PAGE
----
[QODLink]
Archive
Vaclav Havel gets Gandhi Peace Prize
Former Czech president Vaclav Havel is to receive this year's Gandhi Peace Prize.
Last Modified: 02 Oct 2003 14:08 GMT
Vaclav Havel led the Czech's through turbulent times
Former Czech president Vaclav Havel is to receive this year's Gandhi Peace Prize.

The prize, which includes a citation together with $220,000, is being awarded to Havel for "his outstanding contribution towards world peace and upholding human rights in the most difficult situations."

Previous recipients included former South African President Nelson Mandela and Northern Ireland civil rights leader John Hume.

Havel, who turns 67 on Sunday, was deprived an education by Czechoslovakia's former communist regime due to his wealthy background. He turned to theatre, winning international fame as a playwright.

He served as the Czech president from the fall of communism in 1989 to 2002.

The Gandhi Peace Prize that is given annually is one of India's best known awards and its jury includes the Prime Minister.

It is dedicated to the memory of Mahatma Gandhi. Born 134 years ago, Gandhi led India's non-violent freedom struggle against British rule.

He was assassinated in 1948 by a Hindu fanatic who believed Gandhi was too conciliatory towards the Muslim minority and newly created Pakistan.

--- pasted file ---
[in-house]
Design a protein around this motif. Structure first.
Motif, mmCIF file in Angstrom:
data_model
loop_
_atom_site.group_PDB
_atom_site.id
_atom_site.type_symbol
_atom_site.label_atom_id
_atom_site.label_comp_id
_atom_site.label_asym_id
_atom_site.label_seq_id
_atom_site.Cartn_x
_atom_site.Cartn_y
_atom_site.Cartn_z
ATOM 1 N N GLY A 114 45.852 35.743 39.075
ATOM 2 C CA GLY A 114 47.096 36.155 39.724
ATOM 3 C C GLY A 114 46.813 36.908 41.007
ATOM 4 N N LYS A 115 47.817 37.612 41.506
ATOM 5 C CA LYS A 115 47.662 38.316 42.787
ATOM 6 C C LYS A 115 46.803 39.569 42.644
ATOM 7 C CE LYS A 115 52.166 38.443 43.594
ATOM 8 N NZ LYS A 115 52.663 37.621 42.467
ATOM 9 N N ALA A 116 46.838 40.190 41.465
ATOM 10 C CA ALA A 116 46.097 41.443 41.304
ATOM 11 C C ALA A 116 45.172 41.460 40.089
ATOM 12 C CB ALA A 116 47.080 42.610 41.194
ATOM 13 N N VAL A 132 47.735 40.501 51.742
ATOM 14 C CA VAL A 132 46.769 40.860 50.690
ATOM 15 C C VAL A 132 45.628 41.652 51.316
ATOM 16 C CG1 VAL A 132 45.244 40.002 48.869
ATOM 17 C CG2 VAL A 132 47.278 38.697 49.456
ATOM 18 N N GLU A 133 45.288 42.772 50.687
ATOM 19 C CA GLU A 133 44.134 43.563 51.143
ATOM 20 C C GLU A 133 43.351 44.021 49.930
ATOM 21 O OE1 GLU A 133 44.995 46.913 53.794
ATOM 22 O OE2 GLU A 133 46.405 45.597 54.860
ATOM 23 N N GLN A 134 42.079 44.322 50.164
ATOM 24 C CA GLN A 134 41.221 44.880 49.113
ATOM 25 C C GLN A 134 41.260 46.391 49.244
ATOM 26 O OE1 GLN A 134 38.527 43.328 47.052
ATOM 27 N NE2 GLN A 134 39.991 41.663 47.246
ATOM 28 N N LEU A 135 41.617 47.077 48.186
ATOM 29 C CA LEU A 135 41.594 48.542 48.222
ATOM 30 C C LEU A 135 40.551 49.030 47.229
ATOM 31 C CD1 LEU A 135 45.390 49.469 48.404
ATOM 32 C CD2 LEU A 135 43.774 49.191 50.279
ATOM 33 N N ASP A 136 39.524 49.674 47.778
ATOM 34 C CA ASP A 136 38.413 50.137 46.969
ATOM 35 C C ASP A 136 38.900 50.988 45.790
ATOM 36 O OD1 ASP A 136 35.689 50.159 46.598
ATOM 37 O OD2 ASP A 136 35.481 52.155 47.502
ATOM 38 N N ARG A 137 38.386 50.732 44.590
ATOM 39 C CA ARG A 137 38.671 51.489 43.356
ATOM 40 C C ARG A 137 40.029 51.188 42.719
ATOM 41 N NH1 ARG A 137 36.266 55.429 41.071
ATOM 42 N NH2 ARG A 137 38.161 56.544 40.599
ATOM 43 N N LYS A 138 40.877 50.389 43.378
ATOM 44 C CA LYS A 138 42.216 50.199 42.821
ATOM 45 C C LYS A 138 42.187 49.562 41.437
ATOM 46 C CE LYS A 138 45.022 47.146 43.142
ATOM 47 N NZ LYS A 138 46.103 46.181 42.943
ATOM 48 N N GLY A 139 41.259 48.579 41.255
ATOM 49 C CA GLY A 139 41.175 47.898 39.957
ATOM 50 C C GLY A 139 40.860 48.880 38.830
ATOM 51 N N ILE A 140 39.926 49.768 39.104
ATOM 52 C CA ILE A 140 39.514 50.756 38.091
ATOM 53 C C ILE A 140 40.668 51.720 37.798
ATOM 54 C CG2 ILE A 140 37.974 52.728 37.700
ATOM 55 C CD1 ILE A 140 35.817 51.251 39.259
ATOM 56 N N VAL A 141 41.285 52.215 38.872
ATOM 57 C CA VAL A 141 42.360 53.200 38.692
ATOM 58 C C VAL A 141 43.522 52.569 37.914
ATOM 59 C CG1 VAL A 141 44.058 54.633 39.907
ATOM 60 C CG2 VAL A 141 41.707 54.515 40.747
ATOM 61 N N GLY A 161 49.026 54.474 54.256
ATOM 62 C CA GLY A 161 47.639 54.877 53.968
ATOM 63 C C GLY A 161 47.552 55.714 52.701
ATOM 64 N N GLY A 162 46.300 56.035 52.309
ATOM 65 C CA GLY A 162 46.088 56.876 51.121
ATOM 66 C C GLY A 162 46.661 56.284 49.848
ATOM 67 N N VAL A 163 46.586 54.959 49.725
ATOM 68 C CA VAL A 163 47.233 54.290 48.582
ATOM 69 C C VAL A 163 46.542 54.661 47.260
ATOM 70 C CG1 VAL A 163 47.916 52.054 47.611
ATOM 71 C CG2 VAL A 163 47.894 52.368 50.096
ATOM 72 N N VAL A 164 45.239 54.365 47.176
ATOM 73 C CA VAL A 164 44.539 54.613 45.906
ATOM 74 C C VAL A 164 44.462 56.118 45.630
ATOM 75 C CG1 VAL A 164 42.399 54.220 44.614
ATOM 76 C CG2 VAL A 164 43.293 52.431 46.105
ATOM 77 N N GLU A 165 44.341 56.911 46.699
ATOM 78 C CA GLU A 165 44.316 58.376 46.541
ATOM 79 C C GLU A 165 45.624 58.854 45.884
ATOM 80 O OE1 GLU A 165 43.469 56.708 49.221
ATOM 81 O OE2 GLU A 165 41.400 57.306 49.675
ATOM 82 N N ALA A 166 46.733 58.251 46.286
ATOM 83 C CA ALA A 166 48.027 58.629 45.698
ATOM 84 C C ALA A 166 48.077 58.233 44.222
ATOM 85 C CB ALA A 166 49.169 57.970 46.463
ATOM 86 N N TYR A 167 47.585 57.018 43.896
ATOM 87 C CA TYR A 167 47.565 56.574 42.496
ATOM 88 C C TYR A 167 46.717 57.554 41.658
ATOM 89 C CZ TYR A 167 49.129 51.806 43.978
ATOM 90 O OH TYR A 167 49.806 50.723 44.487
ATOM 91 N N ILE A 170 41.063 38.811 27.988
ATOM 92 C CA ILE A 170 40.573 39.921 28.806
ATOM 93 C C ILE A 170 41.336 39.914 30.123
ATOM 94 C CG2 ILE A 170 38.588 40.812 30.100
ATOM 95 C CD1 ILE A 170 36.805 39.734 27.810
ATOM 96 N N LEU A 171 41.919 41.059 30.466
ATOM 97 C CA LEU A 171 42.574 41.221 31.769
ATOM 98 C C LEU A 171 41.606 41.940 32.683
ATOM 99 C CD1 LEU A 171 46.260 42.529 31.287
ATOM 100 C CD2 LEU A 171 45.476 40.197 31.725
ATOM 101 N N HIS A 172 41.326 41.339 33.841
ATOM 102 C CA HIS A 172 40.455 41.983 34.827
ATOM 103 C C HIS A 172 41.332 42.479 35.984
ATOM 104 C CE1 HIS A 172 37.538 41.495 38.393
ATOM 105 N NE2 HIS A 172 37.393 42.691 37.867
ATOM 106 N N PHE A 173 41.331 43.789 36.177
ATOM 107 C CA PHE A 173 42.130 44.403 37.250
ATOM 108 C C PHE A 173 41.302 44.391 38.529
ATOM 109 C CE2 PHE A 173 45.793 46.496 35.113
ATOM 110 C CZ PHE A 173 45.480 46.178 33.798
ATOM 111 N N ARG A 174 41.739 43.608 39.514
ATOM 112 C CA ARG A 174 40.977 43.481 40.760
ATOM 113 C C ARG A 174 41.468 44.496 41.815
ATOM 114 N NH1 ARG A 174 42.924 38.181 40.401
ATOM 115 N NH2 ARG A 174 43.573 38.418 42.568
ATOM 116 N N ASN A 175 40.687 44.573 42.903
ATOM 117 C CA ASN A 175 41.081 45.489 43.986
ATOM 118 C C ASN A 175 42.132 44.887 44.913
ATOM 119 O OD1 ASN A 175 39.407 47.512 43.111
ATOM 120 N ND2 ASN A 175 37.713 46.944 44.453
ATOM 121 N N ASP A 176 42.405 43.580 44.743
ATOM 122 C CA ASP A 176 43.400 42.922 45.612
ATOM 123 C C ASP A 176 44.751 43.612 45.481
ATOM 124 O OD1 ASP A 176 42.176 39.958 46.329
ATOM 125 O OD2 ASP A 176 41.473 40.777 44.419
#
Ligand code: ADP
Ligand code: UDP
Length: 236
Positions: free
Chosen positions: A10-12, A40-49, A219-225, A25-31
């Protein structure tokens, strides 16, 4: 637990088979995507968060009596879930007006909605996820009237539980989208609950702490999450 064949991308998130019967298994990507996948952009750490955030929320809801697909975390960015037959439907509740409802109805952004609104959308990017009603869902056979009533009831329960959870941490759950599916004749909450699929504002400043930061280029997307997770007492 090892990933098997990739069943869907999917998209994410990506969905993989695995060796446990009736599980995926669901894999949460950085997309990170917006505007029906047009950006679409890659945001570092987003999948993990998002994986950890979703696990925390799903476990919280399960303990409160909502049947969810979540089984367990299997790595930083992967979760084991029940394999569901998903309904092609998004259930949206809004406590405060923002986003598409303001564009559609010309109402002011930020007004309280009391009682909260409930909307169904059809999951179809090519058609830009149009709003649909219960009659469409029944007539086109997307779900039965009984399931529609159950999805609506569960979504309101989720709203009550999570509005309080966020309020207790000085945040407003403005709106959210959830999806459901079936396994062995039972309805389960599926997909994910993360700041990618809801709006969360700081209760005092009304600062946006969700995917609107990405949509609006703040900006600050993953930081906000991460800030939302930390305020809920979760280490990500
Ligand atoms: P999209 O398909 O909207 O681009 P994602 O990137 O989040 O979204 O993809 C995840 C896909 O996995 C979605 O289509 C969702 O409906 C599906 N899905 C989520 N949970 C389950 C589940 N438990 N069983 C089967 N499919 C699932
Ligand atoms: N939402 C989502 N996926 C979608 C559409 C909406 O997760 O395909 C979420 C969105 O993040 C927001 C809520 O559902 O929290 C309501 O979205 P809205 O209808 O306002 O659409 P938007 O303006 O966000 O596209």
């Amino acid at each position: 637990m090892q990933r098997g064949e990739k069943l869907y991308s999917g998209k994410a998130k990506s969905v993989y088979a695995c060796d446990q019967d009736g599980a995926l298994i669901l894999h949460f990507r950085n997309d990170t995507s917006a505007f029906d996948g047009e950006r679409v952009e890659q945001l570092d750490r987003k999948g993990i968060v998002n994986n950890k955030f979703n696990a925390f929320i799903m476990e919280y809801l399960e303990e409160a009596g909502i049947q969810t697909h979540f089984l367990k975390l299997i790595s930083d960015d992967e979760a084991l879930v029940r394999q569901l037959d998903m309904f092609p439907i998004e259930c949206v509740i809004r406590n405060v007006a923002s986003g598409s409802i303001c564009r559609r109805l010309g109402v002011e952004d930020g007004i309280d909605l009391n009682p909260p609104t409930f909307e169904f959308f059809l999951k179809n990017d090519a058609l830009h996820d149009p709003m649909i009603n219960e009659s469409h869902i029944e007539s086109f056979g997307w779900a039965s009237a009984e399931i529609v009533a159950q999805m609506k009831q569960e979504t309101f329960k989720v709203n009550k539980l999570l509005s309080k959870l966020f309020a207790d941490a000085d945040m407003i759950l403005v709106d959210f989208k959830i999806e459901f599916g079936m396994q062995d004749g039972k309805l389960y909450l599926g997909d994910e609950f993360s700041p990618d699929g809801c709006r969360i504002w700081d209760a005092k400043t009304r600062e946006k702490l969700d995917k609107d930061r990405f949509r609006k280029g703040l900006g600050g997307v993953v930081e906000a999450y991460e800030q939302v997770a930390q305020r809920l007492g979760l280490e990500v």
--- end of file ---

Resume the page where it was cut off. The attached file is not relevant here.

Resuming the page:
Source:
Agencies
Topics in this article
People
Featured on Al Jazeera
An innovative rehabilitation programme offers Danish fighters in Syria an escape route and help without prosecution.
Street tension between radical Muslims and Holland's hard right rises, as Islamic State anxiety grows.
Take an immersive look at the challenges facing the war-torn country as US troops begin their withdrawal.
Ministers and MPs caught on camera sleeping through important speeches have sparked criticism that they are not working.
Featured
Anti-government secrecy organisation struggling for relevance without Julian Assange at the helm.
After decades of overfishing, Japan is taking aim at increasing the number of bluefin tuna in the ocean.
Chinese scientists are designing a particle-smashing collider so massive it could encircle a city.
Critics say the government is going full-steam ahead on economic recovery at the expense of human rights.
Spirits are high in Scotland's 'Whisky Capital of the World' with one distillery thirsty for independence.